It even sounds special! Therefore, for all my esoteric friends of words, I present my favorite word: esoteric.

N. Cesario

 

 

Ethereal.

Ethereal is so very will-o-the-wispy and alluring, just when you believe you have a fix on it, it's gone...but not in an aggravating way, rather to fascinate and entice.

Diane E. Plim

 

 

Etoufee.

Etoufee, a spicy Cajun stew made with vegetables and seafood, is my favorite word. I like Cajun food. I like vegetables. I like seafood. I heard the word in a Cajun song and felt it was pure poetry. It embodies all of the joy of life.

Charlie Pekarek

 

 

Evanescent.

I used to like it because when I worked for a Defence company (British), I put it in almost every report I wrote and confused everyone. This was regarded by management as a "good thing."

Now I like it because it reminds me of the Word Detective.

Nik Berry

 

 

Explosion.

My favorite word is explosion. It stems from when my son was about 4 years old: I came home from a long workday and he greeted me at the door with his usual big smile and hug. "Daddy, Daddy, on TV today? I was watching this program? And it had this... big... EXPLOSION!"  He drew the word out deliciously, putting a wonderfully timed expectant pause between the first two syllables: "ex... PLOOO-sion!" I realized that he had had more fun just saying the word "explosion" than I had had all day. I've always loved the exuberance he put into that word.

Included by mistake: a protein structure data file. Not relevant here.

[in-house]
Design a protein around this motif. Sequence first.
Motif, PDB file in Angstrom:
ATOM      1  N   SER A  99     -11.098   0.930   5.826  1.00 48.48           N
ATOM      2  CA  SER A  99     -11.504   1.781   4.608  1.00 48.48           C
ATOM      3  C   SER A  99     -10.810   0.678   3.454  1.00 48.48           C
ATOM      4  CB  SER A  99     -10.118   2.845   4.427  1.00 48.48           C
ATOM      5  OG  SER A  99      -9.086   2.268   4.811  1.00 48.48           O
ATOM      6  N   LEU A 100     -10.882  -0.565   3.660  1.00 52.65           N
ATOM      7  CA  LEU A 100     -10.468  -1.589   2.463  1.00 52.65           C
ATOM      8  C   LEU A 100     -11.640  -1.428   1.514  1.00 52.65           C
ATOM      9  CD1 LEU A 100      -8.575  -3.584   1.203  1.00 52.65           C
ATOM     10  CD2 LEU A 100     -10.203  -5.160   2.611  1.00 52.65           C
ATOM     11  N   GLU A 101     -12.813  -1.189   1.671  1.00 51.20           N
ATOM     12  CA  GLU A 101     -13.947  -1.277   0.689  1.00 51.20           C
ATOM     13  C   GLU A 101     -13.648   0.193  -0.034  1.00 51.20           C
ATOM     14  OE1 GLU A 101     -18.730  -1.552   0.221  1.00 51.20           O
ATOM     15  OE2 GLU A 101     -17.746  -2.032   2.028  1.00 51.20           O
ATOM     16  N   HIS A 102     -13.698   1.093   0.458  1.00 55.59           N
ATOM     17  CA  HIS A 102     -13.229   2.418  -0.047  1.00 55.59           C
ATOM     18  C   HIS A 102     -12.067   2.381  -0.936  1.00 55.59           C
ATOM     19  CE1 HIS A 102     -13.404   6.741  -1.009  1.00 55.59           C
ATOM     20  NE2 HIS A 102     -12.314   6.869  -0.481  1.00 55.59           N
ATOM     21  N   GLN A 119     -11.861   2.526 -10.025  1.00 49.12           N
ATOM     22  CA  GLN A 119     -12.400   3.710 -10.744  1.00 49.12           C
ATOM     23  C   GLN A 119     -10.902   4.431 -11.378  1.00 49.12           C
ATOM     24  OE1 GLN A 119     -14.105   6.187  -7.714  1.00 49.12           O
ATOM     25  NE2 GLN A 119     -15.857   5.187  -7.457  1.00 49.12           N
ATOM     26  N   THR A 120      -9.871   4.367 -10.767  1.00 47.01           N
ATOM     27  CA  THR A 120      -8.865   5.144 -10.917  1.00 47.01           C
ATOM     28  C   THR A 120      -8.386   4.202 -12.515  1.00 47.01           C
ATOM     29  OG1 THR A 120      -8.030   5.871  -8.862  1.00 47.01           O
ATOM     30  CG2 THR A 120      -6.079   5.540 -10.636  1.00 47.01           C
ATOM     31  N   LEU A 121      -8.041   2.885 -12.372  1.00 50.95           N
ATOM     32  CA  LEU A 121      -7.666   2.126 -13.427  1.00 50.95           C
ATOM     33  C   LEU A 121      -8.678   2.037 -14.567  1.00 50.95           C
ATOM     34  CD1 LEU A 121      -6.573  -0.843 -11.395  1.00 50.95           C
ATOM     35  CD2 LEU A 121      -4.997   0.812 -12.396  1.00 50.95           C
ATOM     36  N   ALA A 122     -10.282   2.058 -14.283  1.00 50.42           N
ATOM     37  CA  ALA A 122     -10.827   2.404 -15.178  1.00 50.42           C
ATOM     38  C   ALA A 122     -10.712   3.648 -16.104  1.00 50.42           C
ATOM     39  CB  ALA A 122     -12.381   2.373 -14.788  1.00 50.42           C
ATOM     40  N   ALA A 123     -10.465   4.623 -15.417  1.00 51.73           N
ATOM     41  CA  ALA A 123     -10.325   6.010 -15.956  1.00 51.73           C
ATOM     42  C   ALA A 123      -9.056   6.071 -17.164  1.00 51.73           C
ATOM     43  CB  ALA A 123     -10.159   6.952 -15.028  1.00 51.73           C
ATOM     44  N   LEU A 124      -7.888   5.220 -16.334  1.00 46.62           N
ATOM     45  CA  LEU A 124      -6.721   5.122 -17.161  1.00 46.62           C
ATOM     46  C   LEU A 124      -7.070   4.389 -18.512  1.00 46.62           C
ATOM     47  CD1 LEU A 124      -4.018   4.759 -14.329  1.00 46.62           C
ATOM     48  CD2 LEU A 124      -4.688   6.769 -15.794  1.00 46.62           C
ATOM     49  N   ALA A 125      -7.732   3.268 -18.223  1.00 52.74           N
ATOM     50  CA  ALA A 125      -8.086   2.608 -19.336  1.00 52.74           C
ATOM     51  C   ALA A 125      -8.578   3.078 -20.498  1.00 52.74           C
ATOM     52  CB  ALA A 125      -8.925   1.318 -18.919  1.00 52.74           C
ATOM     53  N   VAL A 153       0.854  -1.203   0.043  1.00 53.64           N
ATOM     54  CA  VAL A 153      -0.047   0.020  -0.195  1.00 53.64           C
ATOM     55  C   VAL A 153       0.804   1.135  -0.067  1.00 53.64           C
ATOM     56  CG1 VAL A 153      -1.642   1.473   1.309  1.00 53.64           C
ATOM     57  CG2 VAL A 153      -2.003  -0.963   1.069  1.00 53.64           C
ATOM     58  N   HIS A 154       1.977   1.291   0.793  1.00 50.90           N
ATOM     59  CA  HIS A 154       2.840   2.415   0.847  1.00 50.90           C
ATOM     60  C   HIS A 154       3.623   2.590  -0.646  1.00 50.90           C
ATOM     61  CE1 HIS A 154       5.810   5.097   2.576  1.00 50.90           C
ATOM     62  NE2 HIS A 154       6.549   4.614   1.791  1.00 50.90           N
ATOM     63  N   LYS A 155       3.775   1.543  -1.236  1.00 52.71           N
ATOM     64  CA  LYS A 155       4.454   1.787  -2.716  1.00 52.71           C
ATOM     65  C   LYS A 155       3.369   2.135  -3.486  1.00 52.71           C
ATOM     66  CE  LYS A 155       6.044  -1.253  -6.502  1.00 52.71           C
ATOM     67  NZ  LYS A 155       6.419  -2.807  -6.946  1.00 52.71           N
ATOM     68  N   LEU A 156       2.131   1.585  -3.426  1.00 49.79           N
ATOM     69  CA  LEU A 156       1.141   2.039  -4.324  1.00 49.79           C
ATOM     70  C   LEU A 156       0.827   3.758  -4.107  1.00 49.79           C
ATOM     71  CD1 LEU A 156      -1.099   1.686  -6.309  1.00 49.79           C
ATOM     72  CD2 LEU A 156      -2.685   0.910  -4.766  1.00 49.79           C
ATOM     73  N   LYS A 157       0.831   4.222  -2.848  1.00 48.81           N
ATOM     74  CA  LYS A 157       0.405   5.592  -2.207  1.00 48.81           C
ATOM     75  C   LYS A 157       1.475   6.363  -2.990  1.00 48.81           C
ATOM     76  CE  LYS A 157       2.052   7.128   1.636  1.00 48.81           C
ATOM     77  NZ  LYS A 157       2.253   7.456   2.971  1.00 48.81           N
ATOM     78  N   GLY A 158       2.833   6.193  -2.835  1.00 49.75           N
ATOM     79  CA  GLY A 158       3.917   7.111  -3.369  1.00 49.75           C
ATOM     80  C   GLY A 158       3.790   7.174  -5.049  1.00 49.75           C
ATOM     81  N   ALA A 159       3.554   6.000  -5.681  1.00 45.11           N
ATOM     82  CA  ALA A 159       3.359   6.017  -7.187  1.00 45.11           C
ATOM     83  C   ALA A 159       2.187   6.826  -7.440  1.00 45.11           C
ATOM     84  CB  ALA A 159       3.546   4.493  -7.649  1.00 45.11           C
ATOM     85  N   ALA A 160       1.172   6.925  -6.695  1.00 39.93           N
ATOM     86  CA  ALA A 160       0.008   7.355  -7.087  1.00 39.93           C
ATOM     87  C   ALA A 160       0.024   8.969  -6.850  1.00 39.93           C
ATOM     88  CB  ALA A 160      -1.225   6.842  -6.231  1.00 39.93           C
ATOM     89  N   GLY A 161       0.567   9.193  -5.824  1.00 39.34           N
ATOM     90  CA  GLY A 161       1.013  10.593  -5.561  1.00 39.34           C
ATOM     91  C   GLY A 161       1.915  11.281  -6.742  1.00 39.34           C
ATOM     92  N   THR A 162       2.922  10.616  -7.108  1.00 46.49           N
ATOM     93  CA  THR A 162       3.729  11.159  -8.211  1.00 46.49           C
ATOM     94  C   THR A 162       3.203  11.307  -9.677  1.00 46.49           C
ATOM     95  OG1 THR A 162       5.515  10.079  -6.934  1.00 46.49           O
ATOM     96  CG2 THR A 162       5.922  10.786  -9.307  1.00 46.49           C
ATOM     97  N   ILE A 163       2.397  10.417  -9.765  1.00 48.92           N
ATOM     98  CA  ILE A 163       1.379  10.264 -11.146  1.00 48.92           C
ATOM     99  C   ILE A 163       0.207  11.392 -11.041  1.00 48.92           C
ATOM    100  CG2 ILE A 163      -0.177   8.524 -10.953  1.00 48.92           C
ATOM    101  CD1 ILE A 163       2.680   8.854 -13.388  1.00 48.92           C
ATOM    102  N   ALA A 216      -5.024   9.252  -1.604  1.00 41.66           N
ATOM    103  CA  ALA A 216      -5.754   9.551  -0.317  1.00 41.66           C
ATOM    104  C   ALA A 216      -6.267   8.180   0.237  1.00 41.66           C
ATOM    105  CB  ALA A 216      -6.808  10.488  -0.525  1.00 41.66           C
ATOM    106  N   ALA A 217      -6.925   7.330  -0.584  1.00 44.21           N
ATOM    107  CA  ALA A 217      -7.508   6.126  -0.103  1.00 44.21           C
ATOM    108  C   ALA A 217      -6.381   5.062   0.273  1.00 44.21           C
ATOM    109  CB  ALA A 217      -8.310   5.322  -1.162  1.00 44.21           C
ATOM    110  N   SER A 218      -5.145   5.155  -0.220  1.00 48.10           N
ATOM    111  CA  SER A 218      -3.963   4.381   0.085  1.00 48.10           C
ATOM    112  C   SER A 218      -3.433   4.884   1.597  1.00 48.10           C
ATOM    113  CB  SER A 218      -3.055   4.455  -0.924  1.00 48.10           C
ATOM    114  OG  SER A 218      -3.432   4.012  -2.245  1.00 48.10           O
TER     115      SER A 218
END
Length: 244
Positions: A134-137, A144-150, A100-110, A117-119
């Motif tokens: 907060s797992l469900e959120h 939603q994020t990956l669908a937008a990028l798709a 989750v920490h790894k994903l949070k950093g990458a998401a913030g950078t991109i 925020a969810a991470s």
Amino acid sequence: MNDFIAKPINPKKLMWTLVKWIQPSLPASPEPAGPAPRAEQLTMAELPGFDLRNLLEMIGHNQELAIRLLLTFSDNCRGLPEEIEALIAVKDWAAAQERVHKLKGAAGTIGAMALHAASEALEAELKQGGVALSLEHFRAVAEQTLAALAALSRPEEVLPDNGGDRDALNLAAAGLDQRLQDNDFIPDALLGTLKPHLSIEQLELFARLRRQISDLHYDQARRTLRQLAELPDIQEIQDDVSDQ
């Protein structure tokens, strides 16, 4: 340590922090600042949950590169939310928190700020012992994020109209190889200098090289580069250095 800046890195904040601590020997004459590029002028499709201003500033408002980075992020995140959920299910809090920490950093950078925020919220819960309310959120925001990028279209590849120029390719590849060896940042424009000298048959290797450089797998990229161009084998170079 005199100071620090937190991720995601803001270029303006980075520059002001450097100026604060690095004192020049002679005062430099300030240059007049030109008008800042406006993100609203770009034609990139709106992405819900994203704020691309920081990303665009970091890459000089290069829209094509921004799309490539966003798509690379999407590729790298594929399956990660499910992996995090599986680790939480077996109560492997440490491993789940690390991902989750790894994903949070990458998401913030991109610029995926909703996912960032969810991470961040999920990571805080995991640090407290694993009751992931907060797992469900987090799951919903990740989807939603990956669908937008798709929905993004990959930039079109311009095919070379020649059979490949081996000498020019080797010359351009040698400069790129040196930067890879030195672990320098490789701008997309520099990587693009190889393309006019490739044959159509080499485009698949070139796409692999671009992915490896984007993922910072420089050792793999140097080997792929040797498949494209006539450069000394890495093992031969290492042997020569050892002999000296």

Vic

 

 

Extraordinary.

Extraordinary means exceptional or remarkable. Yet if you separate the word into two parts it becomes Extra Ordinary which to me means rather mundane and completely opposite its intended meaning.

H. Morgan

 

 

Extrapolate.

To expand into an unknown area to arrive at conjectural knowledge. I like the word extrapolate because I like to say it because I like L words. I like the way it physically feels when L words roll off my tongue.

Nancy Keohane